Another appeal launched against a decision made by HHJ Tolson (Re H) involved a mother who had made allegations of rape and domestic abuse against the father of her child. The mother’s lawyer argued that the use of a Scott Schedule meant that the judge failed to see the father’s behaviour as “part of a comprehensive whole”. The judge failed to acknowledge the father’s persistent patterns of behaviour that were to endanger the child’s safety, which was contrary to guidance in PD12J.
The Re T appeal was against the decision made by HHJ Evans-Gordon. In this case, the mother had again, made allegations of domestic abuse and rape. However, the judge concluded that an event where the father placed a bag over the mother’s head and told her:“This is how you should die” was a joke. The appellant’s counsel also argued that the judge had failed to apply special measures via PD3AA.
The fourth appeal, Re B-B, was against the decision made by HHJ Scarratt regarding a consent order. The mother had made allegations of rape and domestic abuse, and the judge, who, without the power to do so, threatened to remove the her child.The lawyers argued this placed significant pressure on the mother to negotiate contact with the father. As a result, she felt forced to make a consent order between the child and their father, an order she wanted to appeal over the belief that she was coerced.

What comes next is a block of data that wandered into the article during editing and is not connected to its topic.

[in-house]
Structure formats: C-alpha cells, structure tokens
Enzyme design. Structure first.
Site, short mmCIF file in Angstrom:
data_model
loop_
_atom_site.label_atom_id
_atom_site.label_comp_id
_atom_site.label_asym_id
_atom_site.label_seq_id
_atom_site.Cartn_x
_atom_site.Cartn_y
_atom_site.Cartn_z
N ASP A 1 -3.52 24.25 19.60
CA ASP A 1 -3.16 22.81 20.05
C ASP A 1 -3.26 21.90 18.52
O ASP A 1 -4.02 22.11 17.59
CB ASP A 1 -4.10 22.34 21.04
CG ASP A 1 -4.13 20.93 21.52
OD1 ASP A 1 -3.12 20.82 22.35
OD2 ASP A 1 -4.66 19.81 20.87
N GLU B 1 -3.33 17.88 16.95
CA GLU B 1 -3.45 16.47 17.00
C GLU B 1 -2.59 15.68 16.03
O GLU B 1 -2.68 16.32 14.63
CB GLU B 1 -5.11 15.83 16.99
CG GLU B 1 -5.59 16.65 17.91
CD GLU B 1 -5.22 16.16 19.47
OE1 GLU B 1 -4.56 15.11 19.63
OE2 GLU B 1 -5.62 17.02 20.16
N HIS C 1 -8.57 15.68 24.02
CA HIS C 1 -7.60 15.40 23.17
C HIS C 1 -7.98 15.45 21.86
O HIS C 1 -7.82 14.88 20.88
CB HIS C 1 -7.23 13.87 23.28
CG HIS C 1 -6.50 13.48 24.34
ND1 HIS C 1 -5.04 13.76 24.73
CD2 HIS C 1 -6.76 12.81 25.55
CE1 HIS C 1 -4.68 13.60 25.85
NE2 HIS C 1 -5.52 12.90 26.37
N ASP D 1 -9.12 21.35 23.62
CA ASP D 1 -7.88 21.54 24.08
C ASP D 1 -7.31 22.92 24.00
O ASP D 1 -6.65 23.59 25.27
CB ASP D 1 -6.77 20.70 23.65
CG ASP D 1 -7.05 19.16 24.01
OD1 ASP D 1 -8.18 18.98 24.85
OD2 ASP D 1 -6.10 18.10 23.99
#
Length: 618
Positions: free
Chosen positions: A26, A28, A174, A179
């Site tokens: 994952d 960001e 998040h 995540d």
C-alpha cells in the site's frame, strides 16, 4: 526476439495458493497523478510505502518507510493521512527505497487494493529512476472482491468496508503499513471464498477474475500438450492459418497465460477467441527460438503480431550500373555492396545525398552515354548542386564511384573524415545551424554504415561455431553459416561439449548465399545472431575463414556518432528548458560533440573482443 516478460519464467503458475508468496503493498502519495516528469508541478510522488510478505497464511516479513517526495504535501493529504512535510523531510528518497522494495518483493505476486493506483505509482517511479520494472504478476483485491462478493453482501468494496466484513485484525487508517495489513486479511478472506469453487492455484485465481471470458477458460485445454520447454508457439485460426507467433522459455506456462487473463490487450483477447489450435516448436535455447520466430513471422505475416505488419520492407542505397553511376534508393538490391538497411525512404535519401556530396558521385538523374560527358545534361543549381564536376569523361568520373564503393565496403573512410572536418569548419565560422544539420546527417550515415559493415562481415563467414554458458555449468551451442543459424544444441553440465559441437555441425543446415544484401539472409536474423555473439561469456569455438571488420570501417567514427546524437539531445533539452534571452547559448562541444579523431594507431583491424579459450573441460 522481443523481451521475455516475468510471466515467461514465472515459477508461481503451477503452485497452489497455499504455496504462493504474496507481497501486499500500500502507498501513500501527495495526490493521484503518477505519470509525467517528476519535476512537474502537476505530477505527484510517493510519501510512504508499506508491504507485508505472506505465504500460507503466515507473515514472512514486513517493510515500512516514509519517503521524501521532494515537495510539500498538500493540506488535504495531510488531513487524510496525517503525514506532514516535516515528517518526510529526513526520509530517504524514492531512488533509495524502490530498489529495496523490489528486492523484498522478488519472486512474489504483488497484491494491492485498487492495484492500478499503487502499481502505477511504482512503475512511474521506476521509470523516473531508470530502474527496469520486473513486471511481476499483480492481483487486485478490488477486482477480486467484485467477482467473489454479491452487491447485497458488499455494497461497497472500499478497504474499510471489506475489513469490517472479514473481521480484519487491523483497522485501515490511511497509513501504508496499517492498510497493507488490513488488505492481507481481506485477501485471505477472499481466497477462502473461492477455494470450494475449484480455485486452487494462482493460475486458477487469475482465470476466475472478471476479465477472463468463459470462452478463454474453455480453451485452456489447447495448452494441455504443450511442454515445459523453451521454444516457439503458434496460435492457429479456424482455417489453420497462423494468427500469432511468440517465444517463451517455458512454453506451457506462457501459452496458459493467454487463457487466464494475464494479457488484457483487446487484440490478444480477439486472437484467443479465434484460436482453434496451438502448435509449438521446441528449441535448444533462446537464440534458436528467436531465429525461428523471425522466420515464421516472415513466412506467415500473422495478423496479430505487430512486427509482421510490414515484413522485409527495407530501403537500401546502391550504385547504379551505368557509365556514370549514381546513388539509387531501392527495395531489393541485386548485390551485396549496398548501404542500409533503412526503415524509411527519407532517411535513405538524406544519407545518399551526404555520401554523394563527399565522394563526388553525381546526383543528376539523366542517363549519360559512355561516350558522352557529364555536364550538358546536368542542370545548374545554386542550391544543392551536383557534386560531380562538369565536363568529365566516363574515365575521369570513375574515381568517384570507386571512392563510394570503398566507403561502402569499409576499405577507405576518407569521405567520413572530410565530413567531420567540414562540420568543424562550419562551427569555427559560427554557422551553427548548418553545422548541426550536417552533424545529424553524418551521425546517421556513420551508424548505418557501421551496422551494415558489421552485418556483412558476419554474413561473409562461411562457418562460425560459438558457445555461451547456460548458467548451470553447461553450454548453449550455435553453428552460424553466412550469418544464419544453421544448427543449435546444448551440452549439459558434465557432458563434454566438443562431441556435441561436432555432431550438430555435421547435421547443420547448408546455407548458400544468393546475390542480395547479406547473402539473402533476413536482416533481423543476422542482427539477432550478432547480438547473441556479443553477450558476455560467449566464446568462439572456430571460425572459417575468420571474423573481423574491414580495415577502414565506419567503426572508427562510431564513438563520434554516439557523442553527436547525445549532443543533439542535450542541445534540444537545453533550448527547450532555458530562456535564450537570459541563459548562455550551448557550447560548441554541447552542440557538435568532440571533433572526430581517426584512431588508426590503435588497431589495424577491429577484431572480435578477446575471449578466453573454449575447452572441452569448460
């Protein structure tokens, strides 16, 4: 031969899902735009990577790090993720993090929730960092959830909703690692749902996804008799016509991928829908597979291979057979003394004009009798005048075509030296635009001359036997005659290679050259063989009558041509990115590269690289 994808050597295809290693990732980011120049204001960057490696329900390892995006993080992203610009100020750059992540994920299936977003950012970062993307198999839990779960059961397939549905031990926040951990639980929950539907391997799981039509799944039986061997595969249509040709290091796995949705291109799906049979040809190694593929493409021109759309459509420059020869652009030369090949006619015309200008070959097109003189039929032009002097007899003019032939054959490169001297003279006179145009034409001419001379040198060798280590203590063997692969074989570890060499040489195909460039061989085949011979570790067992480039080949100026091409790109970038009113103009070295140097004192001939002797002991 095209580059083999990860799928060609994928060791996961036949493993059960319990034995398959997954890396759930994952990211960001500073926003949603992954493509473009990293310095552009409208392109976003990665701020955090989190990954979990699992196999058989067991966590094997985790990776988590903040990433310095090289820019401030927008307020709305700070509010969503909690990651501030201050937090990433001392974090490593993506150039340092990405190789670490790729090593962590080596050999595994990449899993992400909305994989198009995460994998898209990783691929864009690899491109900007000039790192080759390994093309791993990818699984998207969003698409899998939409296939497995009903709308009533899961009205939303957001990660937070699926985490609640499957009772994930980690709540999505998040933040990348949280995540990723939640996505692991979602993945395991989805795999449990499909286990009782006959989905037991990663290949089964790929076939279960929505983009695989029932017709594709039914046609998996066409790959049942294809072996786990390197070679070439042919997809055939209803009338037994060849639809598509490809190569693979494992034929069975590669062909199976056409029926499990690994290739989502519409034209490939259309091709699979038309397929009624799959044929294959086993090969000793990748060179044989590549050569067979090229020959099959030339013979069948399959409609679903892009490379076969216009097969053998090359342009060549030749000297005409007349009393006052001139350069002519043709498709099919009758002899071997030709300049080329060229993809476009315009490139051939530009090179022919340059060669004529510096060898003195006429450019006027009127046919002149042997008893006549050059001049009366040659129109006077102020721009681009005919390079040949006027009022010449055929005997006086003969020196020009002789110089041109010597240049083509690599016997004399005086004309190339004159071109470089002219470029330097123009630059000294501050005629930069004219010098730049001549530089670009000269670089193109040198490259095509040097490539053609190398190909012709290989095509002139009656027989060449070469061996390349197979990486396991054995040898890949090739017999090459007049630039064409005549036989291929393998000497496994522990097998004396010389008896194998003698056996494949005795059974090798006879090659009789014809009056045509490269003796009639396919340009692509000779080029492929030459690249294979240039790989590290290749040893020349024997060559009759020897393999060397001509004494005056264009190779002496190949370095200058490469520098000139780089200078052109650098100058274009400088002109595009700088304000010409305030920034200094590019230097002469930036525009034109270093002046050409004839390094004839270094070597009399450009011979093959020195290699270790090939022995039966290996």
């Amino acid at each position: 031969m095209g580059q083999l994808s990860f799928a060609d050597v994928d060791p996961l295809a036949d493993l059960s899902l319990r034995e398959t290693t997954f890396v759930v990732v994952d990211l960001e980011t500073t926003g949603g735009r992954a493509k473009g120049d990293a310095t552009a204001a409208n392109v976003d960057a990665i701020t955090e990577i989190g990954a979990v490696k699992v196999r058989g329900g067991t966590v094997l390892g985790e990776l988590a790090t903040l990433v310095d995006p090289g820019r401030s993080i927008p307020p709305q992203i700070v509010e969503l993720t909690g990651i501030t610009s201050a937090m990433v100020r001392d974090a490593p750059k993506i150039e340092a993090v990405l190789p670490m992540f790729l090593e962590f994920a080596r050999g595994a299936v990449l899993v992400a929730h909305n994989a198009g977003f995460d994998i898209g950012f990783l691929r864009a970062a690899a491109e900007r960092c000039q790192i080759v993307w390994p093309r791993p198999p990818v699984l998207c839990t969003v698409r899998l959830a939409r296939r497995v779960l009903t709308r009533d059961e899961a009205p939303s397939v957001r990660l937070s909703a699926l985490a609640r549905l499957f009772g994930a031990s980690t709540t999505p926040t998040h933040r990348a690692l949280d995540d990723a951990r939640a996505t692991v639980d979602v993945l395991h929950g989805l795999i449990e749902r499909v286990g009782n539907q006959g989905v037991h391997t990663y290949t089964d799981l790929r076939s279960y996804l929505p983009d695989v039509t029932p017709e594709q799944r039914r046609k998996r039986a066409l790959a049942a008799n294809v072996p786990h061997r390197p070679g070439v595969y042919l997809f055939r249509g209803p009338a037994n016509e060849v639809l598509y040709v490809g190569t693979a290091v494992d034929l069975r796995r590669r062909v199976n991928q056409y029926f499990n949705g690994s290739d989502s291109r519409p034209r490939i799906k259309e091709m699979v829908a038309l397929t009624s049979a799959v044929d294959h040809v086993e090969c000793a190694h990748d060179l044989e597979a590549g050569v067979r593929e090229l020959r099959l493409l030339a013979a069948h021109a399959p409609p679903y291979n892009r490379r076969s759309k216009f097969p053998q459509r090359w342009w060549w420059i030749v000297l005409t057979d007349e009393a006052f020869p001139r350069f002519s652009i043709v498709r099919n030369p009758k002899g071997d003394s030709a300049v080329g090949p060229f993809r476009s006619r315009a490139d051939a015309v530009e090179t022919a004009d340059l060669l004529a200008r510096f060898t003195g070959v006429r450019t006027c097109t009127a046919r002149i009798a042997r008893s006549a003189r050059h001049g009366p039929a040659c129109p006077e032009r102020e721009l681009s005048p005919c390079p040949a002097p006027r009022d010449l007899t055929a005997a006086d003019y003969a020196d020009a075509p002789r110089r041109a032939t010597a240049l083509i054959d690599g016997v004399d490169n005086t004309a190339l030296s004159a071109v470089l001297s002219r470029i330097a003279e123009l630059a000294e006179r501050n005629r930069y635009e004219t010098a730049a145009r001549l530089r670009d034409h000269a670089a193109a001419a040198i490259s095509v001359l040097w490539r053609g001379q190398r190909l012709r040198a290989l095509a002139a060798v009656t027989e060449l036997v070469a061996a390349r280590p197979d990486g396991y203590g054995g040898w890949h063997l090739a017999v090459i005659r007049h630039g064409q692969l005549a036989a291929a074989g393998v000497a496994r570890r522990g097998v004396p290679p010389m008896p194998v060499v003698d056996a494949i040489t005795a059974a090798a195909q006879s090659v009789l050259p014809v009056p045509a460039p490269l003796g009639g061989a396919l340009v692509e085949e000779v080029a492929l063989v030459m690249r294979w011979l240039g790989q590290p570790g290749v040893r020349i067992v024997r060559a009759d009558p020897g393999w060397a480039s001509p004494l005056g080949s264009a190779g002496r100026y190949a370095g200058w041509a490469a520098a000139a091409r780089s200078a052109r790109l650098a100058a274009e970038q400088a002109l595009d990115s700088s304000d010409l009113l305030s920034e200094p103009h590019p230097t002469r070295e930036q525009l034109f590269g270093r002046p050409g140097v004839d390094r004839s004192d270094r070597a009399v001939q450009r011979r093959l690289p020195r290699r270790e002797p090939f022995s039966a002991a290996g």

In their ruling, the judges at the Court of Appeal allowed the appeals in Re B-B, Re T and Re H-N and dismissed Re H’s appeal.
In their concluding remarks, the judges said: “Each of these appeals are examples in differing ways of the importance of the modern judiciary having a proper understanding of the nature of domestic abuse and in particular of controlling and coercive behaviour and of its impact on both the victims and the children caught up in the atmosphere engendered in such a household. Training together with a proper application of PD12J largely ensures that such errors are the exception rather than the rule, but that that is the case does not lessen the impact on those individuals affected when things do go wrong”.